If you’ve ever bought a box of Ronzoni pasta, you might have noticed a different number on the box for every variety. Spaghetti is number eight. Ziti is number two. Lasagna is number 81.
These days, the worldwide Italian community mourns the passing of number 155, pastina, which is just about the smallest pasta known to man. The word means “tiny dough” and the pasta is shaped like stars. Traditionally the first pasta fed to Italian babies, many simply refer to it as pasteen.
In discontinuing pastina, Ronzoni has eliminated something that is a part of every Paisan’s childhood. As any Italian will tell you, nothing beats soup with pastina when you’re sick. Hence the nickname of Italian Penicillin. (Not to be confused with Jewish Penicillin, which is simply chicken soup, but also a very tasty and effective cold and flu remedy.) Italian chicken soup always has goodies thrown in: little meatballs, bits of chicken, fresh parsley, garlic, you name it.
Growing up, kids knew Ronzoni pasta more by numbers than names. Probably because it was easy for moms to send kids to the neighborhood grocery store without a list. Instead of my mother telling me, “Go get a box of acini de pepe” she would simply say, “Number 44.”
But there was always a box of number 155 standing by in the cupboard in case anyone had a cold or the flu. You might be absolutely miserable, but a hot bowl of soup with pastina would make you feel better the moment it arrived. The steam and the accompanying flavors would rise, filling your nostrils with something wonderful. Then a spoonful of pastina, the pasta so small you didn’t even have to chew, would bring instant relief. Heck, just seeing my mother make a pot would make me feel better. The aroma would fill the kitchen, the steam better than any old-fashioned vaporizer.
But, as seems to be the trend these days, the things we loved as children are disappearing. When Ronzoni announced it was discontinuing number 155, you’d think they’d declared war on Italy. Social media blew up. Ronzoni was right up there with Mussolini.
I panicked, then checked our own pantry and was thrilled to find a one and a half boxes. They immediately went into the freezer. I then sprang into action, hitting five grocery stores. Alas, some faster Italians got there first. I found an empty space in every pasta section where pastina had resided.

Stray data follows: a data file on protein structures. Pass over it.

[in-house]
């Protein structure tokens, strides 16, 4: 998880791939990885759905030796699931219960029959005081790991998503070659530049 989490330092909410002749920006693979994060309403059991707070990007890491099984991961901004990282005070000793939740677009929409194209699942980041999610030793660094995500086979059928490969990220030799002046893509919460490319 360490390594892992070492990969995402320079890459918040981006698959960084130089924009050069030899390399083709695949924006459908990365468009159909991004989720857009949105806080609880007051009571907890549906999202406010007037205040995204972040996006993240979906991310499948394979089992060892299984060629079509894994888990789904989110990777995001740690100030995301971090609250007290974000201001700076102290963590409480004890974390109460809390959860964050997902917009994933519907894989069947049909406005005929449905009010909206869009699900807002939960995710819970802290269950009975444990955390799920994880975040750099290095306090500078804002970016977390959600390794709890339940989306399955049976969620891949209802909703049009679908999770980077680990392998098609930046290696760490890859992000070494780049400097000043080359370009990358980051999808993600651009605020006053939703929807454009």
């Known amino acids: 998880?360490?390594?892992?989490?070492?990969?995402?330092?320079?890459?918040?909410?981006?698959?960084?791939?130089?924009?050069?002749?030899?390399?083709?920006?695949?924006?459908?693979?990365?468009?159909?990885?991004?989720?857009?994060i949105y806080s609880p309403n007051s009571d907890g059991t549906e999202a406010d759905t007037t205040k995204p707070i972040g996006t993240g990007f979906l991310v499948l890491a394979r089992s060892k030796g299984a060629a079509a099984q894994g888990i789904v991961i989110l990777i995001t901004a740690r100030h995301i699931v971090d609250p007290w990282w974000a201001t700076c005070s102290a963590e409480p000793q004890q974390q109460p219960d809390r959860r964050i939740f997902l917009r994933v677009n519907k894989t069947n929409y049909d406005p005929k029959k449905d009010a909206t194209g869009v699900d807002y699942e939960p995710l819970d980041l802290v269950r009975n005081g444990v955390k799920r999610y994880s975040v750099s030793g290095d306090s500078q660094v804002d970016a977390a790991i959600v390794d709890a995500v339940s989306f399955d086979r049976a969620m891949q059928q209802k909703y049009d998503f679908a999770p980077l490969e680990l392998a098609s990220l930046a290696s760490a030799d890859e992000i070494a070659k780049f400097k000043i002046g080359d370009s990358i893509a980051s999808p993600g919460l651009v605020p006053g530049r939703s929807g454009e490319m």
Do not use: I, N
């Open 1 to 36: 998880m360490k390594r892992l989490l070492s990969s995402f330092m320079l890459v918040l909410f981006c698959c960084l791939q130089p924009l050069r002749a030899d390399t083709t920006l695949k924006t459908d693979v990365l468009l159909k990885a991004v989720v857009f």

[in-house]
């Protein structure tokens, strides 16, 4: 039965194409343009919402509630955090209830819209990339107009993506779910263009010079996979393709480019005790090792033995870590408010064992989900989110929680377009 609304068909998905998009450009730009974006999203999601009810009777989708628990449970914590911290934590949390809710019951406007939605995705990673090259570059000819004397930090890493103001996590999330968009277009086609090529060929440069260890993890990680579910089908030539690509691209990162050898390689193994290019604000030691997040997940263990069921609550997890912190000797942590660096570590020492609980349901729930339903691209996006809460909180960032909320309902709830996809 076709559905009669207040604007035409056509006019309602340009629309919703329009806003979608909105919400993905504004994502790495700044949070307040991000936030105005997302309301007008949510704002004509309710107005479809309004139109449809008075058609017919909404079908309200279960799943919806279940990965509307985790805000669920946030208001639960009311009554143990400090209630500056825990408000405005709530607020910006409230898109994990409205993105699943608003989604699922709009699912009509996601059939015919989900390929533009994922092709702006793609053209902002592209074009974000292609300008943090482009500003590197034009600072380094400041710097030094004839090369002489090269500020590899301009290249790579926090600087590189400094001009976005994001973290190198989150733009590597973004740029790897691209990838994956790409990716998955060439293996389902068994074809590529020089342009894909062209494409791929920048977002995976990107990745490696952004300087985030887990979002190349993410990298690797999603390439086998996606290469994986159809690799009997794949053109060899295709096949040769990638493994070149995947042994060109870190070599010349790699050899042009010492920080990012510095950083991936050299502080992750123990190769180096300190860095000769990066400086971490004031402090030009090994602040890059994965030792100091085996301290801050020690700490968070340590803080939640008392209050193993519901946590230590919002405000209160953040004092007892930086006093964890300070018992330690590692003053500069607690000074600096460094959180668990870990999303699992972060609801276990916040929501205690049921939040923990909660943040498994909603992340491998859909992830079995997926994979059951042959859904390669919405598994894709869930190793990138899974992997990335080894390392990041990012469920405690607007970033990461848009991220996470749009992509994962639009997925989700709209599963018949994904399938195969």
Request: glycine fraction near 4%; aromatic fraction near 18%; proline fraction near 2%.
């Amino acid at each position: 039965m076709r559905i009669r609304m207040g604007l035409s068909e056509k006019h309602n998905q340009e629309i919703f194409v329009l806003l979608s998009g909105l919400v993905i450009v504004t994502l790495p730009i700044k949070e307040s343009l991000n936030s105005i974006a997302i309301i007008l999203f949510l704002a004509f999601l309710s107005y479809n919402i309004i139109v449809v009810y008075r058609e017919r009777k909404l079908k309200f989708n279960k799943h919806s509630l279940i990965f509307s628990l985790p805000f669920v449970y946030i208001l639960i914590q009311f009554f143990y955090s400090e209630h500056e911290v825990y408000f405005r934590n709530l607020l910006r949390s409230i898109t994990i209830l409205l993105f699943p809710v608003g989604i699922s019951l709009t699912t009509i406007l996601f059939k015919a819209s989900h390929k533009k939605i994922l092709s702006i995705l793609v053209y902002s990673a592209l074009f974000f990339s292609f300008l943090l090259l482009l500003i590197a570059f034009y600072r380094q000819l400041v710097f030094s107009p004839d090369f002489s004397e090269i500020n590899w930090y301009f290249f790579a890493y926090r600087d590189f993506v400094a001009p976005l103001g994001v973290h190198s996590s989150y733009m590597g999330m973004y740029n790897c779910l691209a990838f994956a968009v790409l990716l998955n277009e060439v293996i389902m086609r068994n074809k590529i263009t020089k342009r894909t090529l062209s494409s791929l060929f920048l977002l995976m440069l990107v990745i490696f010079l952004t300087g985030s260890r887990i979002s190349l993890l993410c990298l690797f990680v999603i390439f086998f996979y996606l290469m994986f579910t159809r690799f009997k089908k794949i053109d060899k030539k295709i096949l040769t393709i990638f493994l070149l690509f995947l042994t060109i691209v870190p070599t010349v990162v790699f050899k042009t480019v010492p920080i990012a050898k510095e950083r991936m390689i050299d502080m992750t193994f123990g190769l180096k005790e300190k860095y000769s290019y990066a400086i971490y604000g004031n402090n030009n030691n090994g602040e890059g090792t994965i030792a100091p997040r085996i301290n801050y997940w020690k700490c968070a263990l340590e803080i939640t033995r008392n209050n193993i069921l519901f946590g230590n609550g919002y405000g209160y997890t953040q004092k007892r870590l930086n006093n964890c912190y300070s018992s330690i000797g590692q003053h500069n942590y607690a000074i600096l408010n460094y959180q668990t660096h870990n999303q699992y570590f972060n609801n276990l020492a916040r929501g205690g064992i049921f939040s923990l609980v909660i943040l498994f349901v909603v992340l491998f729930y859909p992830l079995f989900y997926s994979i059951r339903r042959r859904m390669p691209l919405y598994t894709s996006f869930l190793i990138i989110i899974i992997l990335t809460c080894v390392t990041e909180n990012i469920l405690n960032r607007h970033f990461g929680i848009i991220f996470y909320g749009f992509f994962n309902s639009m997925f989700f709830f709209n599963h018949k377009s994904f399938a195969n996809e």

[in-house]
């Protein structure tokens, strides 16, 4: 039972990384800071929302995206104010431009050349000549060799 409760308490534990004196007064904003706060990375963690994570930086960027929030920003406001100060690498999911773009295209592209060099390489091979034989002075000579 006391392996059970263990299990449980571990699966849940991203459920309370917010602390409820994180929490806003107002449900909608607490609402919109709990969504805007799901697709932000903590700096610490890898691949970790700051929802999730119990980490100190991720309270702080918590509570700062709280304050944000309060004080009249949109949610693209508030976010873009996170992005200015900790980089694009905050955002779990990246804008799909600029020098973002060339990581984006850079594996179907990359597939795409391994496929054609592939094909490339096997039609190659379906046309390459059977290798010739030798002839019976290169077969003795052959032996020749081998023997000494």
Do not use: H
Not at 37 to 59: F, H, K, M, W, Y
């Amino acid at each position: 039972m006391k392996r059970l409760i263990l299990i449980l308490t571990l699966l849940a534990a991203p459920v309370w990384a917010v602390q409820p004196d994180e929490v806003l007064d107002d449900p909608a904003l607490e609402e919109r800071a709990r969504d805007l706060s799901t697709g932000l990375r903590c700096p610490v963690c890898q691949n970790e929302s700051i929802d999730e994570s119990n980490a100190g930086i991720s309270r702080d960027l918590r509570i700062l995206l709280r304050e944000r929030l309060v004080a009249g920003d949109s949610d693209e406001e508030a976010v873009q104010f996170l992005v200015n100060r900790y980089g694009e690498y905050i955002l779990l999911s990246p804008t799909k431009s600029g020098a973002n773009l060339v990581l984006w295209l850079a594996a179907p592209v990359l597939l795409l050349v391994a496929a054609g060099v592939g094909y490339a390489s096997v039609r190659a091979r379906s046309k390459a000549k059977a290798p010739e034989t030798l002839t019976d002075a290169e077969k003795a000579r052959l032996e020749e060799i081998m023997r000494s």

So I checked to see if I could buy more online. Nothing on Amazon, but there were a few boxes on eBay.
For forty bucks.
Like I said, Italians take this seriously.
At least I have enough for about ten pots of Italian Penicillin. But I cannot help but think of those sick people out there who will have no recourse other than to go to the drug store for stuff that doesn’t work.
Meanwhile, if I run out, I’m wondering if I can put some number 44 into a coffee grinder to make the tiny pasta. Even if it works, it won’t be the same.
Maybe Ronzoni will reconsider.
Randy Tatano is the author of more than 20 novels, writing political thrillers under the pen name Nick Harlow and romantic comedies as Nic Tatano. He spent 30 years working in television news as a local affiliate reporter and network field producer.
The views and opinions expressed here are those of the author and do not necessarily reflect the policy or position of 1819 News. To comment, please send an email with your name and contact information to Commentary@1819News.com.
Don't miss out! Subscribe to our newsletter and get our top stories every weekday morning.